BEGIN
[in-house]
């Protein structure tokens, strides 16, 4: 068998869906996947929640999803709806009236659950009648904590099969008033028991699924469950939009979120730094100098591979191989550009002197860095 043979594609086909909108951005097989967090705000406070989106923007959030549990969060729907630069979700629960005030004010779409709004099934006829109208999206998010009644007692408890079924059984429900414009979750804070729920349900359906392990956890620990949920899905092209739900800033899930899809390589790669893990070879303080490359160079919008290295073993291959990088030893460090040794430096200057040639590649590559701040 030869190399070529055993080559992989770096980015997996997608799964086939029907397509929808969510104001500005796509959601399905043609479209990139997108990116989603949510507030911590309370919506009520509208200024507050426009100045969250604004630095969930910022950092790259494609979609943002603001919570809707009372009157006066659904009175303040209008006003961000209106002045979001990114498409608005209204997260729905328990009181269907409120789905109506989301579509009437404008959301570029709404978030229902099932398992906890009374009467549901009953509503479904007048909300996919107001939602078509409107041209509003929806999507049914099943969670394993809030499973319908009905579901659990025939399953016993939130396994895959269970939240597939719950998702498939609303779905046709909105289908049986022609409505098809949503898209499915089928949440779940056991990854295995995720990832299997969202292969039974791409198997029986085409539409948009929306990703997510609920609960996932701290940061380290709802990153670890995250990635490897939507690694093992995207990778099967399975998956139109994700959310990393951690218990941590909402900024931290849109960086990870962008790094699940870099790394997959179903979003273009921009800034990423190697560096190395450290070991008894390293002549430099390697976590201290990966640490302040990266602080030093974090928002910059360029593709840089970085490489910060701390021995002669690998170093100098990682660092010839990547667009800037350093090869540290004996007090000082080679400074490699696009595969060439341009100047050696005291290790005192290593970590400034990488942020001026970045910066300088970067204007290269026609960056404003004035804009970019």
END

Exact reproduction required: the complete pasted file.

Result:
[in-house]
């Protein structure tokens, strides 16, 4: 068998869906996947929640999803709806009236659950009648904590099969008033028991699924469950939009979120730094100098591979191989550009002197860095 043979594609086909909108951005097989967090705000406070989106923007959030549990969060729907630069979700629960005030004010779409709004099934006829109208999206998010009644007692408890079924059984429900414009979750804070729920349900359906392990956890620990949920899905092209739900800033899930899809390589790669893990070879303080490359160079919008290295073993291959990088030893460090040794430096200057040639590649590559701040 030869190399070529055993080559992989770096980015997996997608799964086939029907397509929808969510104001500005796509959601399905043609479209990139997108990116989603949510507030911590309370919506009520509208200024507050426009100045969250604004630095969930910022950092790259494609979609943002603001919570809707009372009157006066659904009175303040209008006003961000209106002045979001990114498409608005209204997260729905328990009181269907409120789905109506989301579509009437404008959301570029709404978030229902099932398992906890009374009467549901009953509503479904007048909300996919107001939602078509409107041209509003929806999507049914099943969670394993809030499973319908009905579901659990025939399953016993939130396994895959269970939240597939719950998702498939609303779905046709909105289908049986022609409505098809949503898209499915089928949440779940056991990854295995995720990832299997969202292969039974791409198997029986085409539409948009929306990703997510609920609960996932701290940061380290709802990153670890995250990635490897939507690694093992995207990778099967399975998956139109994700959310990393951690218990941590909402900024931290849109960086990870962008790094699940870099790394997959179903979003273009921009800034990423190697560096190395450290070991008894390293002549430099390697976590201290990966640490302040990266602080030093974090928002910059360029593709840089970085490489910060701390021995002669690998170093100098990682660092010839990547667009800037350093090869540290004996007090000082080679400074490699696009595969060439341009100047050696005291290790005192290593970590400034990488942020001026970045910066300088970067204007290269026609960056404003004035804009970019």